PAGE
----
Terminal 5 of London’s Heathrow Airport is the largest freestanding structure in the United Kingdom, with a floor area of 4 million square feet. It cost £4 billion to build, and over the life of the project, 60,000 people worked on it. Heathrow Airport Holdings Ltd. (HAL) spends £400 million each year in ongoing development projects, so if an online collaboration solution can save 2 percent of that development cost, that’s £8 million a year.
Adoddle, by London-based Asite, did exactly that.
- The company was rewarded with a framework deal to provide cloud-based collaboration support to the airport authority.
- That has led to similar deals with other big projects, including Dubai International Airport, Crossrail, and Aviva Stadium in Dublin, to name just a few.
“We tend to go after large-scale projects,” says Asite CEO Tony Ryan. When Ryan took over as CEO in 2006, Asite was focused on construction procurement applications, but was struggling to hit revenue targets. Under Ryan, the company expanded the scope of Adoddle’s offerings in the areas of document management, project management, sourcing, and collaborative building information modeling (cBIM).
“It captures everything from a sketch on a napkin to handover of the finished asset and beyond into facilities management,” Ryan says, which he describes as “concept to completion and beyond.”
Built for the cloud
Asite also went all-in on a cloud computing model when most companies hadn’t even considered it. Asite’s existing platform had been built on a self-managed, set-up-your-own, Software-as-a-Service (SaaS) model.
“It was very, very costly, and it wasn’t up-to-scratch on the speed our clients needed,” Ryan says. Asite rebuilt Adoddle from the ground up as a cloud-based offering.
“We believe our clients have a day job to do, and it’s not managing their entire supply chain’s data and IT,” Ryan says. “Clients have to be free to focus on cleaner, safer, more cost-efficient buildings.”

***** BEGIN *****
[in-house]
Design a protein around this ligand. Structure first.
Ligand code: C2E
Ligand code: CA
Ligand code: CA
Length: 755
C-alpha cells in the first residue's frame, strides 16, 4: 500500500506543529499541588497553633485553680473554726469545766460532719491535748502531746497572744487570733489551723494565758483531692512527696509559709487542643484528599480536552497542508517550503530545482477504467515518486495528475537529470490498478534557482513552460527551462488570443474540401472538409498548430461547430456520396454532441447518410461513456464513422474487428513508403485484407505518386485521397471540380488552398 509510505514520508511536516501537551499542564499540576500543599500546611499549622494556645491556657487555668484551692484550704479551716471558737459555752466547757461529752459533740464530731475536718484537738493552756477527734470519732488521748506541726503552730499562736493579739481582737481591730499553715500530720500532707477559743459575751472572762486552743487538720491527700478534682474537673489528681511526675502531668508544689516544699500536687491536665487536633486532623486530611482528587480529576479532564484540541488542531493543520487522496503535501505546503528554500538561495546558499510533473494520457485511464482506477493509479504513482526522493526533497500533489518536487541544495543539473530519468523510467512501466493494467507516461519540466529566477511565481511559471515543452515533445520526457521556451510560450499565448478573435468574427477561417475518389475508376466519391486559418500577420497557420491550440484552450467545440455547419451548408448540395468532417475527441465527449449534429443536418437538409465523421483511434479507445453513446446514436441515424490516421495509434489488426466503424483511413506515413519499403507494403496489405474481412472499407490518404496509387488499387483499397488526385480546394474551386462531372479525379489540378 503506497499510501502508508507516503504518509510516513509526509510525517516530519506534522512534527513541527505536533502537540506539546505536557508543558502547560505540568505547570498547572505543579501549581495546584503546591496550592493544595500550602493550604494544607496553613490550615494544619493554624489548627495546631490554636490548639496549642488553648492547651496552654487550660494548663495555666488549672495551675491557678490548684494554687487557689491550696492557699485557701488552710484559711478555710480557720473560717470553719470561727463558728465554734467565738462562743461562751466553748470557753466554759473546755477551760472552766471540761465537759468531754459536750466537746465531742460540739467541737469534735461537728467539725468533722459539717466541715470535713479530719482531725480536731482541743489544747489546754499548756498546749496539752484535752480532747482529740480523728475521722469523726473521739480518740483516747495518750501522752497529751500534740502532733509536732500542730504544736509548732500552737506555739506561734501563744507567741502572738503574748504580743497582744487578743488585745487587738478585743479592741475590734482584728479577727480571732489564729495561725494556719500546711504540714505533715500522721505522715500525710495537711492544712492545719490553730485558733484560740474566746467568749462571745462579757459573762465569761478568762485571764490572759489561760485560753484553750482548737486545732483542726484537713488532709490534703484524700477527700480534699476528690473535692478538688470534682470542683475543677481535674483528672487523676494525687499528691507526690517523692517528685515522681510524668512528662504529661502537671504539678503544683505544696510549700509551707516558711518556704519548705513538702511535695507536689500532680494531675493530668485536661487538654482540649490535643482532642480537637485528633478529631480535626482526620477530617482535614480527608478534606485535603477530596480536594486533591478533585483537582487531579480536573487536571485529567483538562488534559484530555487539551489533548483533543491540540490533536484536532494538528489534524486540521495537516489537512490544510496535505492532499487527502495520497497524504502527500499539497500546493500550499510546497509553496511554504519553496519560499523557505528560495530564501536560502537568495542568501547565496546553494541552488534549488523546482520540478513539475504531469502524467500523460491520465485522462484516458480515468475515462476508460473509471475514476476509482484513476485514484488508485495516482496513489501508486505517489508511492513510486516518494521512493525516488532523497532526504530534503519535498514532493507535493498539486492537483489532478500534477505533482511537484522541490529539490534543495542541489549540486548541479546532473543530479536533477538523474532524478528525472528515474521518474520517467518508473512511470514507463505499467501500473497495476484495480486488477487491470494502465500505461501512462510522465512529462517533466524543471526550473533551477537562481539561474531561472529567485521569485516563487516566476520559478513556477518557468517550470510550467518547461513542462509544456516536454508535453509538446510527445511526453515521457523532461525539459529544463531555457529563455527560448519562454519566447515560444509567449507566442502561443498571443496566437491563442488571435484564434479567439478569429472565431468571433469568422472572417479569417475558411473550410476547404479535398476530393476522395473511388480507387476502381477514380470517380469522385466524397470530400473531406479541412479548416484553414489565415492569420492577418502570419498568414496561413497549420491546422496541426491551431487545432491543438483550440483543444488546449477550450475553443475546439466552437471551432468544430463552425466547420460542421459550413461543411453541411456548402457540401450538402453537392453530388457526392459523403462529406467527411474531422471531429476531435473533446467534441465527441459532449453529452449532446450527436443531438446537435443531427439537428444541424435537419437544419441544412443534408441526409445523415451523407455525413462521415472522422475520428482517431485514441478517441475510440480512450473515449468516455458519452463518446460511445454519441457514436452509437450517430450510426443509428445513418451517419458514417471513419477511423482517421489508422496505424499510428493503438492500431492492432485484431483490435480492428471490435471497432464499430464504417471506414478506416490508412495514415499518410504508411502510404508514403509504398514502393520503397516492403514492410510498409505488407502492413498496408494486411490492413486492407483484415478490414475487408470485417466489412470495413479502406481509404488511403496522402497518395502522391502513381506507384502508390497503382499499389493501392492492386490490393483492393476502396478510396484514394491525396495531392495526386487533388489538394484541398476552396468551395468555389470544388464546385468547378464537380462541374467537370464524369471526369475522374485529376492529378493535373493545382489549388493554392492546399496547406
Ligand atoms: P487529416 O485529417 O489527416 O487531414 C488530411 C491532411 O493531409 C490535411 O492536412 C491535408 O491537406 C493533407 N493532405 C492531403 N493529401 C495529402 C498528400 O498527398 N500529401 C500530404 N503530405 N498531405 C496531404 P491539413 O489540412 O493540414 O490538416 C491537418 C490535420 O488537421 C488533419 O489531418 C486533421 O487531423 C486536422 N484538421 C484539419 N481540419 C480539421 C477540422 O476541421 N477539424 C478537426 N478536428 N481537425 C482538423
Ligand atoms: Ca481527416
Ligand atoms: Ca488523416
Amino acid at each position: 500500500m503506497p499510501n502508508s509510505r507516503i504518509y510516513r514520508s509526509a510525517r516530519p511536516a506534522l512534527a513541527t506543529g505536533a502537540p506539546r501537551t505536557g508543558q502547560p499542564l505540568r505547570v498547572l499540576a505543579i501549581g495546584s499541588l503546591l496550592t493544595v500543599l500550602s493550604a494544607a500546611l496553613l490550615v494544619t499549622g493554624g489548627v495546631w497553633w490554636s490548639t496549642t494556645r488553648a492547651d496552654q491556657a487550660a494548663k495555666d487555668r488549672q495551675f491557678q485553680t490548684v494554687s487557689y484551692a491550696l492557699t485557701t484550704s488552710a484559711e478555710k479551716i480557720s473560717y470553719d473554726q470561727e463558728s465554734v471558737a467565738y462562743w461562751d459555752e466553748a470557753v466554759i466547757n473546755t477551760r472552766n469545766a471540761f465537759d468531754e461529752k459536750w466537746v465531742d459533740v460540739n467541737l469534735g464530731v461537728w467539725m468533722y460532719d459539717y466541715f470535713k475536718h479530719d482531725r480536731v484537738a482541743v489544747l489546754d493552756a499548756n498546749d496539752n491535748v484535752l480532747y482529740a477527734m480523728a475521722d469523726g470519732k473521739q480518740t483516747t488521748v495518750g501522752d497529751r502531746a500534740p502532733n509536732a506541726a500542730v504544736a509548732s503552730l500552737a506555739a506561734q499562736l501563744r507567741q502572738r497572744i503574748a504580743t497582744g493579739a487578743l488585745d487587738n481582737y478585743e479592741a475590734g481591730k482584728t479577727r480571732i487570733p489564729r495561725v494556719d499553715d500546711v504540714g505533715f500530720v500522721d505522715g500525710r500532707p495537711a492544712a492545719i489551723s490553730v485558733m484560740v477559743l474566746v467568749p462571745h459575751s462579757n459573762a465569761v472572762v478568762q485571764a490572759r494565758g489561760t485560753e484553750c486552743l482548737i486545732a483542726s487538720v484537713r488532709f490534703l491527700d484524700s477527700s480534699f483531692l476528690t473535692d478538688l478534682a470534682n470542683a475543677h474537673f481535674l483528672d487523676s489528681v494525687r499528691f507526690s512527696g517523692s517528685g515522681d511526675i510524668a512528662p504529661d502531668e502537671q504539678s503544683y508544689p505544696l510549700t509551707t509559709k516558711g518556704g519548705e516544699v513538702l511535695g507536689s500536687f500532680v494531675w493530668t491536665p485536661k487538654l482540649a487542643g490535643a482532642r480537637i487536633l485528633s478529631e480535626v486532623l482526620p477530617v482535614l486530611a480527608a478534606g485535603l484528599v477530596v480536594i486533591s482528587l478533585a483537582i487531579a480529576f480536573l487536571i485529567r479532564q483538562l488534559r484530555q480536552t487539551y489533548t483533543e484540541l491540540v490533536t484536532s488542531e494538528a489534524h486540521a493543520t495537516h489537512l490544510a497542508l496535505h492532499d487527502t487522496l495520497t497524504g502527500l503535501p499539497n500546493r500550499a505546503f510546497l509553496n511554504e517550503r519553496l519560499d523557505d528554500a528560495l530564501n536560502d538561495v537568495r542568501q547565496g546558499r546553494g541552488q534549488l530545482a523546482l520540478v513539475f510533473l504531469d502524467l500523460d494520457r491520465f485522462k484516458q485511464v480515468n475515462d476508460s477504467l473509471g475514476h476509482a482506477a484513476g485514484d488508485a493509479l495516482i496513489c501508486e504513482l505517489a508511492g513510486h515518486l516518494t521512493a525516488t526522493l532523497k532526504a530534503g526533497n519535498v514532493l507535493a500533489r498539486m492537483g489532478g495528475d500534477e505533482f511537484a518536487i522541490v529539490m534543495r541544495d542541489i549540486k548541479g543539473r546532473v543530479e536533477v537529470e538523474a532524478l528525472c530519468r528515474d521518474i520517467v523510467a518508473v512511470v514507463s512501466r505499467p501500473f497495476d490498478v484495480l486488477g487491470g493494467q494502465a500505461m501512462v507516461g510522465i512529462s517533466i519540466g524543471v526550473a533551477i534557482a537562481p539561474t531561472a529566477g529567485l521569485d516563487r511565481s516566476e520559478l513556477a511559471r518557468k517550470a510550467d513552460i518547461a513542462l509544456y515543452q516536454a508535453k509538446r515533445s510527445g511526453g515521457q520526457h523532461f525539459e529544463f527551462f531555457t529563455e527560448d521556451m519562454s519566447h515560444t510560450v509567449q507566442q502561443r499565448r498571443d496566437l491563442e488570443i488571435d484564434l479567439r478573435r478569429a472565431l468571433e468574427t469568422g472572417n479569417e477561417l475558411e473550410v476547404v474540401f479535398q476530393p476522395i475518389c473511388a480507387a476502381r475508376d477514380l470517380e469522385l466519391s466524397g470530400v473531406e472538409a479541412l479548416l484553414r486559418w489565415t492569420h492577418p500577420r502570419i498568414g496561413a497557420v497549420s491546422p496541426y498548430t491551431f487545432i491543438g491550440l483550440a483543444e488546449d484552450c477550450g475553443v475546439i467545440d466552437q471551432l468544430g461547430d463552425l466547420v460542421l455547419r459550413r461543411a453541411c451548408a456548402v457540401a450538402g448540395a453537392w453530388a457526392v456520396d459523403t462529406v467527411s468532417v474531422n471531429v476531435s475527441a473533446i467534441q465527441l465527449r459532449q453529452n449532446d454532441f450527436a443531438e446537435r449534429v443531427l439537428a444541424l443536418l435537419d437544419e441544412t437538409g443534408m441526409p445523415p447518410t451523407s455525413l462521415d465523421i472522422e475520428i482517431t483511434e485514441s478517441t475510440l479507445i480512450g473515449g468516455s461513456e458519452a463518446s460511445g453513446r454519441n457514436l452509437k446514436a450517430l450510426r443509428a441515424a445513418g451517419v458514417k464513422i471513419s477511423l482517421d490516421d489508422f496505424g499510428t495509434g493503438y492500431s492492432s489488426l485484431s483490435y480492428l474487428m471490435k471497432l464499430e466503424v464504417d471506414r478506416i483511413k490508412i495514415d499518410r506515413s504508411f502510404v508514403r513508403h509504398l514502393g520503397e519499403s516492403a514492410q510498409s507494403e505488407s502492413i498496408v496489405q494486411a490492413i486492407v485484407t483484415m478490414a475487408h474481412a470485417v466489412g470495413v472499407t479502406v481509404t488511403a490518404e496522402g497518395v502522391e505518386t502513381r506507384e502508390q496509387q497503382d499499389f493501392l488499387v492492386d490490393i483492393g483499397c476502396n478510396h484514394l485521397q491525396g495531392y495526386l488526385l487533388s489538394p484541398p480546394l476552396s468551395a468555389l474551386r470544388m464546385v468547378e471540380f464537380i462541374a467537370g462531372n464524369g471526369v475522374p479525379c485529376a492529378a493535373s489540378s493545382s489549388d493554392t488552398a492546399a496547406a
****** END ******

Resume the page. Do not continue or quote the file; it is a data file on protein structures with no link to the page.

- Asite chose Cisco Powered partner Dimension Data to host its applications in the cloud.
- Beginning with a single production site in the U.K. and backed up by a disaster recovery site in the United States, Asite has since added a second production site in the United States and a third in Australia.
- Asite now serves just shy of 200,000 end users for 4500 clients.
Dimension Data’s built-in WAN acceleration technology optimizes data transfer to deliver the speed and replication needed among the production servers. Ryan counts a tenfold increase in data transfer speeds in the new architecture. That makes applications like cBIM possible in the cloud.
- BIM systems bring together all the architectural elements of a building design, from plumbing to ventilation to cabling, into a unified model for revision before finalizing the plans.
- Licenses for standalone software are expensive, and many users only need to view and comment on those files; few need to actually make changes.
- In Adoddle, the cost to make those files available to all users is included in the subscription charge.
“That’s a huge cost savings,” Ryan says.
Security and compliance
But security is possibly the primary consideration for Asite’s architectural, engineering, and construction (AEC) customers.
“You simply cannot compromise the data of something like Terminal 5 at Heathrow,” Ryan says. ”The security of the hosted model is one of our most compelling features.”
- Asite and the companies that use its collaboration solution are also held to strict compliance requirements under regulations including SSAE 16, Sarbanes-Oxley, Safe Harbor, and the like.
- As new accreditations become necessary, they’re handled by Dimension Data.
- Asite doesn’t have to spend money chasing after regulatory compliance.
- Ryan estimates the hosting solution has saved Asite about 30 percent on its delivery costs, while positioning the company for additional growth and international expansion.